As I walked down the pavements, I eyed the food stalls, the Thai sweets and cakes and the fresh fruit - all the colours, and the faces of the vendors and the shopkeepers. 95% of them smiling and the body language was inclusive and positive. The people living on and beside the sidewalk were like a little roadside community. Without gardens, play areas, any visible heavy police presence, community support, and all the things that we have grown used to seeing in the west. Still there was no yobbery, no drunken youths, no friction or any sign of malice. Many races live cheek by jowl with the Thais. There is a large Muslim community living in a run down area by a Klong in a very harmonious way. They have their mosques, and have settled in Bangkok for hundreds of years. There are other communities of Indians, Japanese, European travellers /expats and most of the South East Asian races who have made Bangkok their home. Recently there has been much press coverage of the 'riots' between the supporters of opposing political views, and we have heard about the violence in the southern provinces bordering Malaysia. None of these events seems to have altered the mood on the streets here - I found calm, welcoming folk in Bangkok. The thuggish, threatening negative vibe surrounding the youth of London seemed a million miles away, very thankfully. Considering the hardships and hurdles the average Thai teenager has to overcome, one would expect them to be the aggressive ones, but not so. The politically correct social scientists and administrators in the west who make much of the slogan "poverty causes crime" should come here (and to other poorer Asian cities) to revisit their superficial theories instead of sitting in their blinkered local government throne rooms, throwing (OUR) good money after bad on supporting lost causes.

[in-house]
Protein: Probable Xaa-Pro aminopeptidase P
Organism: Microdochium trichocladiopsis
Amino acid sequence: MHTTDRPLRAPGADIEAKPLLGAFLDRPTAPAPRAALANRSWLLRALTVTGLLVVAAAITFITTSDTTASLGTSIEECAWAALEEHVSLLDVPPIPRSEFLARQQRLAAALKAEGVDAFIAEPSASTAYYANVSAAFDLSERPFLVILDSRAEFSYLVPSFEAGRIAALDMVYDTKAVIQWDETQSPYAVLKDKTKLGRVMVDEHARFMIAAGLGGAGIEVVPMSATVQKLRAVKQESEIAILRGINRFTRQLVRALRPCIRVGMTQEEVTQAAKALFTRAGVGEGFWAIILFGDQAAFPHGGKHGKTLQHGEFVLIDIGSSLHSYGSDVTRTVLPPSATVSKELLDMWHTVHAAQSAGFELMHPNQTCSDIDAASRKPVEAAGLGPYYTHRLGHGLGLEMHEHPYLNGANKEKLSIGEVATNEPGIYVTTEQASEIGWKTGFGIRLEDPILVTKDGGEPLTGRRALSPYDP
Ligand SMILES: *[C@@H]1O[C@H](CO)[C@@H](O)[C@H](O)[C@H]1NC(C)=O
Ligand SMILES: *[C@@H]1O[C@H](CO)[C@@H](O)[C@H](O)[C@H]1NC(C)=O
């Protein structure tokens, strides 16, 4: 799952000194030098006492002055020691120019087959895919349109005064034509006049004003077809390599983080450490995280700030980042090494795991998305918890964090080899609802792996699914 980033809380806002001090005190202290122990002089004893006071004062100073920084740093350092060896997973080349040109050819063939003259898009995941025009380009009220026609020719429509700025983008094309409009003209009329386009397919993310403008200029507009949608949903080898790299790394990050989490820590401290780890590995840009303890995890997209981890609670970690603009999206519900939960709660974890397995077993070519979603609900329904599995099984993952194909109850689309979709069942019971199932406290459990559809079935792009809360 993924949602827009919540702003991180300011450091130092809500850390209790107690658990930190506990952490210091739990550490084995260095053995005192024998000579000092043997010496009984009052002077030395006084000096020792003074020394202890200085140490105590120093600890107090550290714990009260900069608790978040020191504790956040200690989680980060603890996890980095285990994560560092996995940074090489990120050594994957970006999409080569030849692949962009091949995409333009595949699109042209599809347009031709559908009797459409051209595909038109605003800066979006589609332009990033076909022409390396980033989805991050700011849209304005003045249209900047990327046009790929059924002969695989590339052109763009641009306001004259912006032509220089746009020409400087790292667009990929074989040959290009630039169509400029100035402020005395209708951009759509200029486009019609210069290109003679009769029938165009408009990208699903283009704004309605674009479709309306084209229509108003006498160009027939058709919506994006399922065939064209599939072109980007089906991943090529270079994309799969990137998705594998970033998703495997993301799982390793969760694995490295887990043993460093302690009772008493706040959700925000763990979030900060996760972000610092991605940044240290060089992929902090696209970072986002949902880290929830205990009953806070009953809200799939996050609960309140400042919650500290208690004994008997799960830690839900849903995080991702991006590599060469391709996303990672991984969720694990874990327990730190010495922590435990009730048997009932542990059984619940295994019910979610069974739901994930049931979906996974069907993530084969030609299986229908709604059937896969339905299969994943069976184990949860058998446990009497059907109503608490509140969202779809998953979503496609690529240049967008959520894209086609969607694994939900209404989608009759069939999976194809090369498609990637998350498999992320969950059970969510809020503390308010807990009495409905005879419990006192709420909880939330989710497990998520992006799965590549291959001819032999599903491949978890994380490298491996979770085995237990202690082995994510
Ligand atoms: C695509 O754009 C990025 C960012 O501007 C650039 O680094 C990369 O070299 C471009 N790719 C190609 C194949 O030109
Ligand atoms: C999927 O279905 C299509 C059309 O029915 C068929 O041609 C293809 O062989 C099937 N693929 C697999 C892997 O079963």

We loved Bangkok more than we ever have before, mainly due to our friends who showed us the side of the city that doesn't revolve around shopping malls, traffic jams and air conditioned restaurants - a BIG thank you to Eric, Siri, Rex, Aroontip and to Jeff and Jumm.
We headed back to KL for our final week in the East, spending the time meeting relatives and old friends. I was amazed at how much we'd seen and how many nostalgic meetings we'd had. Having done this Far East trip every year for the past decade, and many times previously, the expectation is that we will soon get bored and run out of things to do. In fact, each time we return there's a whole list of new stuff to see - next time maybe Laos, Luang Prabang and a slowboat down the Mekong. Even the food keeps surprising us,and we cook South East Asian dishes in London at least 2 - 3 times a week. This part of the world is a traveller's dream come true - for me, it all 'came alive' when I took to the less travelled paths and places. There are always the air-conditioned malls and shopping cities, but you may as well stay at home, as most of the shops, chain hotels and restaurants will be clones of the ones in your hometown.
So, avoid the crowds and take to the back streets my friends, never mind the sweat and smell, for here lies the heart and soul of the country that you're searching for.